to litigate this case in Wisconsin. Although defendants conduct some business in Illinois, Lands' End maintains its headquarters and principal place of business in Wisconsin. As chief executive officer of Lands' End, defendant Anderson also has closer ties to Wisconsin than Illinois. Similarly, plaintiffs do not have any substantial contacts with the Northern District of Illinois. None of the plaintiffs reside in Illinois or conduct any type of business-related activity within the state. There is simply no evidence which demonstrates that the Northern District of Illinois would provide a more convenient forum for both parties.
In evaluating the convenience of the nonparty witnesses, the court must consider the number of potential witnesses in Illinois and Wisconsin, as well as the nature and quality of their testimony. Trademasters Int'l, Inc. v. Borer, 687 F. Supp. 434, 436 (N.D. Ill. 1988); Web Specialties, Inc. v. Boreta, 681 F. Supp. 564, 566 (N.D. Ill. 1988). Plaintiffs' cause of action is based on alleged misrepresentations regarding the company's catalogue sales, discounted sales of inventory, earnings projections, and sales forecasts. See Amended Complaint, paras. 10, 11. To substantiate their claims, plaintiffs will have to rely heavily on the testimony of numerous witnesses who are employed by Lands' End. The individuals employed in the corporate finance department of Lands' End would most likely be able to verify the accuracy or inaccuracy of the representations made by defendants. Likewise, the individuals employed in the merchandising department would be able to provide testimony as to whether there was a reasonable basis for defendants' representations concerning customer sales, inventory, and product demand. Each department has over twenty employees, all of whom work and reside in Wisconsin. See Affidavit of Robert A. Geiger, para. 2; Affidavit of David L. Schlotterback, paras. 5, 6.
In contrast to the substantial number of witnesses located in Wisconsin, plaintiffs are able to identify only a handful of Lands' End employees who work in Chicago.
Plaintiffs have not demonstrated that these witnesses are critical, or even material, to their case. Based on the substantial number of witnesses in Wisconsin, the court finds that a transfer would promote the convenience of the witnesses.
Finally, the interest of justice supports a change of venue. As the court has already pointed out, the parties and witnesses have relatively insignificant contacts with the Northern District of Illinois. Moreover, the underlying cause of action does not have a close connection to Illinois. Plaintiffs do not allege that they purchased Lands' End common stock in Illinois or that they otherwise acted upon any misleading information in Illinois. In fact, there is nothing in the complaint which suggests that the misrepresentations were communicated to plaintiffs in Illinois. Although some of the misrepresentations were allegedly contained in press releases and other documents disseminated in Illinois, such documentation emanated from Wisconsin, the corporate headquarters of Lands' End. Plaintiffs' cause of action essentially stems from corporate policy and decisions made at the headquarters of Lands' End.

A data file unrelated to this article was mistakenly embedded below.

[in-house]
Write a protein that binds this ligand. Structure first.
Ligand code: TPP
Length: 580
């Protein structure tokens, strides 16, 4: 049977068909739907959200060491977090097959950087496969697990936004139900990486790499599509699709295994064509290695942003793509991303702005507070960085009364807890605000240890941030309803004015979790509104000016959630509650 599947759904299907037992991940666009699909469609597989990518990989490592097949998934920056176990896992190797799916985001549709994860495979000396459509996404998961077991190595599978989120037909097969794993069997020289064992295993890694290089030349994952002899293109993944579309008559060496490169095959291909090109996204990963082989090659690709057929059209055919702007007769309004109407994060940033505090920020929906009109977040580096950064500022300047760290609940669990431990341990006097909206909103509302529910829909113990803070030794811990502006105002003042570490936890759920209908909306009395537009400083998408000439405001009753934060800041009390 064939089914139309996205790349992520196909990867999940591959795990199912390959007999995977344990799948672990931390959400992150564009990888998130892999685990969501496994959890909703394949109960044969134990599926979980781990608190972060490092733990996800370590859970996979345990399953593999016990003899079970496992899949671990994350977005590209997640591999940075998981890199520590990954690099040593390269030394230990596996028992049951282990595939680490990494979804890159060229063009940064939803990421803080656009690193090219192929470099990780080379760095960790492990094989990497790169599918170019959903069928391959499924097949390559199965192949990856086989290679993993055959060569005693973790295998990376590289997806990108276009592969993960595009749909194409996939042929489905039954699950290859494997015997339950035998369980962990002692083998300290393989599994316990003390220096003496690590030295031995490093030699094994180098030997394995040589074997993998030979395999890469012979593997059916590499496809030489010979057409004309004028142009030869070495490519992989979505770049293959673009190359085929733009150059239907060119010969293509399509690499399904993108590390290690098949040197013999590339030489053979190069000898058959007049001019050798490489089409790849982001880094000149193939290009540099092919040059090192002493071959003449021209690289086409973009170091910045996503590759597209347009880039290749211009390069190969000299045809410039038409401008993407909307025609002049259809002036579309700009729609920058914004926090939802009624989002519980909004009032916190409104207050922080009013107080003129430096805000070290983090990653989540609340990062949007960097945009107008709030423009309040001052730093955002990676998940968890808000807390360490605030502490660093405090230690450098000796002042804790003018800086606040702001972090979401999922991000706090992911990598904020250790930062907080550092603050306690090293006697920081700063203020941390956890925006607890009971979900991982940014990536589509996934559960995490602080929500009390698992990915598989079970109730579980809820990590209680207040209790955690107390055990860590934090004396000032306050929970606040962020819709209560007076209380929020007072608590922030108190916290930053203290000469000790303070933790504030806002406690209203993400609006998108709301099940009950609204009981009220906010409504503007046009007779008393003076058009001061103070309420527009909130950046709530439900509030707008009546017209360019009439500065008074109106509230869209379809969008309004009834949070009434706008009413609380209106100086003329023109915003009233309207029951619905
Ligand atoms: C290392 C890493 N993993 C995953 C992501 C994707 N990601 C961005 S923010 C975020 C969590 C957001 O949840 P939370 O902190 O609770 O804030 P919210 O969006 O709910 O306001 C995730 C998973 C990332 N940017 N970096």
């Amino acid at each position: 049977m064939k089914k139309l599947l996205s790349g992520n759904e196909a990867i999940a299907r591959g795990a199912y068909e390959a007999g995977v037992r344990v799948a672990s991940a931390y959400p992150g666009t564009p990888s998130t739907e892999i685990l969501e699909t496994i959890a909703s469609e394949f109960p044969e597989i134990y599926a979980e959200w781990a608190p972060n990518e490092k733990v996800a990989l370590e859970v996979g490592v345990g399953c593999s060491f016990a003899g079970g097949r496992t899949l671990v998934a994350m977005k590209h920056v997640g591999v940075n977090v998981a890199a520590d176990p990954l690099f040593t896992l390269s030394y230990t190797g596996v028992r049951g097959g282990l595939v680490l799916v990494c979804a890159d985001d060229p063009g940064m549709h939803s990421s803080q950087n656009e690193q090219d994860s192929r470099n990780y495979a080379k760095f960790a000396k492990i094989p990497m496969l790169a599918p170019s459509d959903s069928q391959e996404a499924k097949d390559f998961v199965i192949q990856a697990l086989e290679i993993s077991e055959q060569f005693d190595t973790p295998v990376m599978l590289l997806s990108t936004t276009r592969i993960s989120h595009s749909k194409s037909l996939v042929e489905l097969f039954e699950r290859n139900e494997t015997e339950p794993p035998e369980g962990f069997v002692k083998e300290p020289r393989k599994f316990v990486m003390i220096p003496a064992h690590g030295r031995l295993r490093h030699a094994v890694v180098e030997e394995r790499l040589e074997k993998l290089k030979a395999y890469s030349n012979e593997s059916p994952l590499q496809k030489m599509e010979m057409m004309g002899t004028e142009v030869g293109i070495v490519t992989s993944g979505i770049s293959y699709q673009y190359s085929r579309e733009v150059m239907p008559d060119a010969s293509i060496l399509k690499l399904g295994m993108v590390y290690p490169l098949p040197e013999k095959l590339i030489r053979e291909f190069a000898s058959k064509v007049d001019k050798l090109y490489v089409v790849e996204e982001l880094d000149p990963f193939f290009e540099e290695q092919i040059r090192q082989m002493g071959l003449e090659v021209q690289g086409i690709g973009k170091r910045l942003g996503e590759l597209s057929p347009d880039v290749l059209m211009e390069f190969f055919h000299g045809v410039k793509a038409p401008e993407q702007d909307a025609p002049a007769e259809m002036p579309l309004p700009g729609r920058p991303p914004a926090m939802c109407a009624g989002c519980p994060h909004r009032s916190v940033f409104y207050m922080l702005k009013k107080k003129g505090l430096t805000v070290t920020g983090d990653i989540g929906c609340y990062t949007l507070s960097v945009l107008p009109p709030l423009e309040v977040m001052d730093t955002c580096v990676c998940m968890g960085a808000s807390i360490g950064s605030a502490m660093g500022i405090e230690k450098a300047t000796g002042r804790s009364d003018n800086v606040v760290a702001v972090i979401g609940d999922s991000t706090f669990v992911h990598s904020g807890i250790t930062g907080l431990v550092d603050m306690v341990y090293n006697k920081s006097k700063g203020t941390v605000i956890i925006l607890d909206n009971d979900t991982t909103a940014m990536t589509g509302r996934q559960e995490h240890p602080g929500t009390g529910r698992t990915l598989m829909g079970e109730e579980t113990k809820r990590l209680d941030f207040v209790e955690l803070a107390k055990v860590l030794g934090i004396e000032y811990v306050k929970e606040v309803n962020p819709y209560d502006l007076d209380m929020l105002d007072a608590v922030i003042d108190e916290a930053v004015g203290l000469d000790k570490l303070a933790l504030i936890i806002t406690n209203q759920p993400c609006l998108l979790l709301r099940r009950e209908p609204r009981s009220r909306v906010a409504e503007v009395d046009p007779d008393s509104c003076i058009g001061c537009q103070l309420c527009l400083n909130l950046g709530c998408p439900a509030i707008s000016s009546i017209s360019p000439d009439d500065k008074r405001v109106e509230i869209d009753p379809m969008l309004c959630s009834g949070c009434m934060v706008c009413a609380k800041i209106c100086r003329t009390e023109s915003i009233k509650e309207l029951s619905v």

In opposition to defendants' motion to transfer, plaintiffs argue that their choice of forum is the "paramount consideration." While a plaintiff's choice of forum was given considerable weight under the common law doctrine of forum non conveniens, the significance of this factor has diminished somewhat since the enactment of § 1404(a). Trademasters Int'l, Inc., 687 F. Supp. at 435; Hotel Constructors, Inc. v. Seagrave Corp., 543 F. Supp. 1048, 1050 (N.D. Ill. 1982). The plaintiff's choice of forum is given less deference when, as in this case, there is relatively little connection between the forum and the plaintiff's cause of action. Trademasters Int'l, Inc., 687 F. Supp. at 435; Hotel Constructors, Inc., 543 F. Supp. at 1050.
Plaintiffs claim that they may not receive a fair trial in Wisconsin because Lands' End maintains a large corporate presence in that state. This assumption is unfounded and based on pure speculation. Besides, the trial court can diminish the threat of bias through the exercise of its authority to monitor and control the litigation. This court sees no reason why plaintiffs will not be able to obtain a fair and expeditious resolution of this case in Wisconsin.
Since Wisconsin has a closer relationship to this case than Illinois, a transfer would best serve the interest of justice.
For the foregoing reasons, defendants' motion to transfer is granted.
IT IS SO ORDERED.